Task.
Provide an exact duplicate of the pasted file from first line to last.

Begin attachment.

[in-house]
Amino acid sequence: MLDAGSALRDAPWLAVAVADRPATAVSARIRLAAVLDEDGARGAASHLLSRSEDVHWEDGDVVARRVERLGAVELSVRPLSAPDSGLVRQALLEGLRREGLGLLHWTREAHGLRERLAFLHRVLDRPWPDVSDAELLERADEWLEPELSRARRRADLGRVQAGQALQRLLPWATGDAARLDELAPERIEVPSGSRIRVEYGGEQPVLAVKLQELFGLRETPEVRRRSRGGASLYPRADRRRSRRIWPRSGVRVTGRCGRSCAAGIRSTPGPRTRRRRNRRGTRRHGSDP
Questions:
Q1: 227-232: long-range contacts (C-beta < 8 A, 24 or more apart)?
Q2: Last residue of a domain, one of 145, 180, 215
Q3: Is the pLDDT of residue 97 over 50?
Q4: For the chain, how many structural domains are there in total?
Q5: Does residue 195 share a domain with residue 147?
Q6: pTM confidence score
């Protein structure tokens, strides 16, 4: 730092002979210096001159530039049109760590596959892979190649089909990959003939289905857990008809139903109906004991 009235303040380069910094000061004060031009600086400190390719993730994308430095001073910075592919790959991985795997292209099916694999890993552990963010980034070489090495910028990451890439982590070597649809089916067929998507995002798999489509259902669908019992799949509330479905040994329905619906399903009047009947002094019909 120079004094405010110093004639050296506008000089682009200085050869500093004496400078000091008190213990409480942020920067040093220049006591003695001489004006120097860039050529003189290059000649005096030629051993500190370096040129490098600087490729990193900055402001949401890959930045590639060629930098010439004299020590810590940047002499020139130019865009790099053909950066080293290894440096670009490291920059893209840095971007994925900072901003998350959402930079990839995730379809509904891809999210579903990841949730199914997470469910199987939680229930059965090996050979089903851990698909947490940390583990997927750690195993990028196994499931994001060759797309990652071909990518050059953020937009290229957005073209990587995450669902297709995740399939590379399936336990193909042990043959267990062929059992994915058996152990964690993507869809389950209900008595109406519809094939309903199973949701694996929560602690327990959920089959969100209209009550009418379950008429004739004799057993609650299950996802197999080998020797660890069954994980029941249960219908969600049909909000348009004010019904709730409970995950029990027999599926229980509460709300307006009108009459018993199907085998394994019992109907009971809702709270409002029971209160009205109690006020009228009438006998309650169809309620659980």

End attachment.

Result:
[in-house]
Amino acid sequence: MLDAGSALRDAPWLAVAVADRPATAVSARIRLAAVLDEDGARGAASHLLSRSEDVHWEDGDVVARRVERLGAVELSVRPLSAPDSGLVRQALLEGLRREGLGLLHWTREAHGLRERLAFLHRVLDRPWPDVSDAELLERADEWLEPELSRARRRADLGRVQAGQALQRLLPWATGDAARLDELAPERIEVPSGSRIRVEYGGEQPVLAVKLQELFGLRETPEVRRRSRGGASLYPRADRRRSRRIWPRSGVRVTGRCGRSCAAGIRSTPGPRTRRRRNRRGTRRHGSDP
Questions:
Q1: 227-232: long-range contacts (C-beta < 8 A, 24 or more apart)?
Q2: Last residue of a domain, one of 145, 180, 215
Q3: Is the pLDDT of residue 97 over 50?
Q4: For the chain, how many structural domains are there in total?
Q5: Does residue 195 share a domain with residue 147?
Q6: pTM confidence score
């Protein structure tokens, strides 16, 4: 730092002979210096001159530039049109760590596959892979190649089909990959003939289905857990008809139903109906004991 009235303040380069910094000061004060031009600086400190390719993730994308430095001073910075592919790959991985795997292209099916694999890993552990963010980034070489090495910028990451890439982590070597649809089916067929998507995002798999489509259902669908019992799949509330479905040994329905619906399903009047009947002094019909 120079004094405010110093004639050296506008000089682009200085050869500093004496400078000091008190213990409480942020920067040093220049006591003695001489004006120097860039050529003189290059000649005096030629051993500190370096040129490098600087490729990193900055402001949401890959930045590639060629930098010439004299020590810590940047002499020139130019865009790099053909950066080293290894440096670009490291920059893209840095971007994925900072901003998350959402930079990839995730379809509904891809999210579903990841949730199914997470469910199987939680229930059965090996050979089903851990698909947490940390583990997927750690195993990028196994499931994001060759797309990652071909990518050059953020937009290229957005073209990587995450669902297709995740399939590379399936336990193909042990043959267990062929059992994915058996152990964690993507869809389950209900008595109406519809094939309903199973949701694996929560602690327990959920089959969100209209009550009418379950008429004739004799057993609650299950996802197999080998020797660890069954994980029941249960219908969600049909909000348009004010019904709730409970995950029990027999599926229980509460709300307006009108009459018993199907085998394994019992109907009971809702709270409002029971209160009205109690006020009228009438006998309650169809309620659980």